Sunday, March 7, 2010

Thanks to My Mother

Thanks to My Mother by Schoschana Rabinovici (translated from the German by James Skofield) is startling in its brutality. The book is narrated by a young Jewish girl, Susie Weksler. Susie was only eight years old when the Nazis came to her city of Vilnius, Lithuania. It is interesting that the perspective provided is from Susie's young eyes. The fact that we have a very young narrator (who wrote the book after the fact) makes the narrative even more compelling - I wondered throughout how such a young girl could have coped with the events she describes in great detail. I know that having her mother with her, to protect her and encourage her were key. The two were first moved into a ghetto, then to labor camps. Raja, Susie's mother, who had disguised Susie to look much older, worked hard to ensure that Susie had extra food and clothing. In the midst of cruelty and murder, Raja also found ways to help the other women in the camps. At the end, only Raja, Susie, and one other family member survived the Holocaust.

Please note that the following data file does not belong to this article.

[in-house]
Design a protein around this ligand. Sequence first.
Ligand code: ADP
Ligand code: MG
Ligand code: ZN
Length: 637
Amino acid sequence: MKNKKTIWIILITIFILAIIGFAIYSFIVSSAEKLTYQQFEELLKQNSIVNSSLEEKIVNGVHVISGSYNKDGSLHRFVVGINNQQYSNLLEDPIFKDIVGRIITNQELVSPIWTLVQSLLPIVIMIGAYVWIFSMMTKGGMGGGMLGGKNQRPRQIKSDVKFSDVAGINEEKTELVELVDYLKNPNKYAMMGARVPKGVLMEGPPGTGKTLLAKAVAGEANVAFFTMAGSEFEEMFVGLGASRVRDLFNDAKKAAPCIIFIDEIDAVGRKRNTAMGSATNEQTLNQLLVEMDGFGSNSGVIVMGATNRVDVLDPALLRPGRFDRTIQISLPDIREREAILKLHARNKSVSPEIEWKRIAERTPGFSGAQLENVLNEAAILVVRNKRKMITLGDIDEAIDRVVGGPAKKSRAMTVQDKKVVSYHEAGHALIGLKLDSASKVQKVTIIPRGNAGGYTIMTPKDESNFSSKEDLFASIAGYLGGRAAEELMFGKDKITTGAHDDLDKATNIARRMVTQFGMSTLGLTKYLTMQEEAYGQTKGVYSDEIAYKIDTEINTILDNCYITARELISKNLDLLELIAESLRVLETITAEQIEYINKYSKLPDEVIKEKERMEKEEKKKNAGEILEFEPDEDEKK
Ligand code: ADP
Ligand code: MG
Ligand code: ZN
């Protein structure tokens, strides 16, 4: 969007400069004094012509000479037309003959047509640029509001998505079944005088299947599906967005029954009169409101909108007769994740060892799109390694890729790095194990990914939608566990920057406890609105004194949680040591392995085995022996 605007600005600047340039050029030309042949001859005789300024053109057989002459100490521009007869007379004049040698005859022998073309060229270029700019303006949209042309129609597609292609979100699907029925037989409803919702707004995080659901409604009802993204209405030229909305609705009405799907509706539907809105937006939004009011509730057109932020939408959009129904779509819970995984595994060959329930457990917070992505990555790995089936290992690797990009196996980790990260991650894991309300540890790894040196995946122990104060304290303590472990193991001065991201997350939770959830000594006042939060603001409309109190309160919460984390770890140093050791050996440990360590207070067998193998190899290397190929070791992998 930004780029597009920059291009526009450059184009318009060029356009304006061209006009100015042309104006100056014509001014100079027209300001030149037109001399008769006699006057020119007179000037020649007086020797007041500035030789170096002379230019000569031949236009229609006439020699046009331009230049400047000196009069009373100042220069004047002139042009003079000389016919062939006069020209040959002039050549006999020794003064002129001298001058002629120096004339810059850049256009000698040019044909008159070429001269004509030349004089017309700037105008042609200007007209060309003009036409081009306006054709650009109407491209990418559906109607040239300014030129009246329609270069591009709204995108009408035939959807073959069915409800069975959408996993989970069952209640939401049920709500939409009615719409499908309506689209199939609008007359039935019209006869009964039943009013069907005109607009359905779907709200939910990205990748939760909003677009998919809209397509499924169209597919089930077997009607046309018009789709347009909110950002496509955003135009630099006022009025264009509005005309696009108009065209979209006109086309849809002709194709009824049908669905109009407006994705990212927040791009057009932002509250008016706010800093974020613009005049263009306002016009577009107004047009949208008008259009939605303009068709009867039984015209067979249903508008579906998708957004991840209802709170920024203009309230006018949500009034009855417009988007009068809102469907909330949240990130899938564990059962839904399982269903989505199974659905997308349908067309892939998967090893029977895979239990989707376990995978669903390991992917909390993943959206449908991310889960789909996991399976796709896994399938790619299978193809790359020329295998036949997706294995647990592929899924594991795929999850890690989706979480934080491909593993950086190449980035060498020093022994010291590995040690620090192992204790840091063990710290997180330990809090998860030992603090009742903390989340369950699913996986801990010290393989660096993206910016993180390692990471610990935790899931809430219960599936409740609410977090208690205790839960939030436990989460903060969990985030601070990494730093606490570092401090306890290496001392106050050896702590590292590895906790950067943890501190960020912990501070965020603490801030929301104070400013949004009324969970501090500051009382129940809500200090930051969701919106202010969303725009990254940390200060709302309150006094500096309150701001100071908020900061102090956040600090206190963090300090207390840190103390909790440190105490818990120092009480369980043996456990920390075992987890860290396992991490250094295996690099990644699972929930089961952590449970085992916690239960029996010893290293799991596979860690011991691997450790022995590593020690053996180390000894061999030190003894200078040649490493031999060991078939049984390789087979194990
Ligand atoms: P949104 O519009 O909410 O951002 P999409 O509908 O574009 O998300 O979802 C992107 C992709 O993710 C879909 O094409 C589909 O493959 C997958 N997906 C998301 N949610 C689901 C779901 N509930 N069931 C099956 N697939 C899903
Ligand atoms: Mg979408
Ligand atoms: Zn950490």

I was unable to locate any specific lesson plans for this title. I suspect the detailed horrors will be difficult for some children, so it might be best for it to be an individual read. If you locate any teaching materials to go with this work, please include a link in your comments.
TITLE: Thanks to My Mother
AUTHOR: Schoschana Rabinovici (translated from the German by James Skofield)
PAGES: 246
TYPE: non-fiction, Holocaust narrative
RECOMMEND: A very brutal account of one Jewish family and their experiences during the Holocaust. This book covers the horrors of the ghettos, camps, and marches.
AWARDS: 1999 Batchelder Award winner

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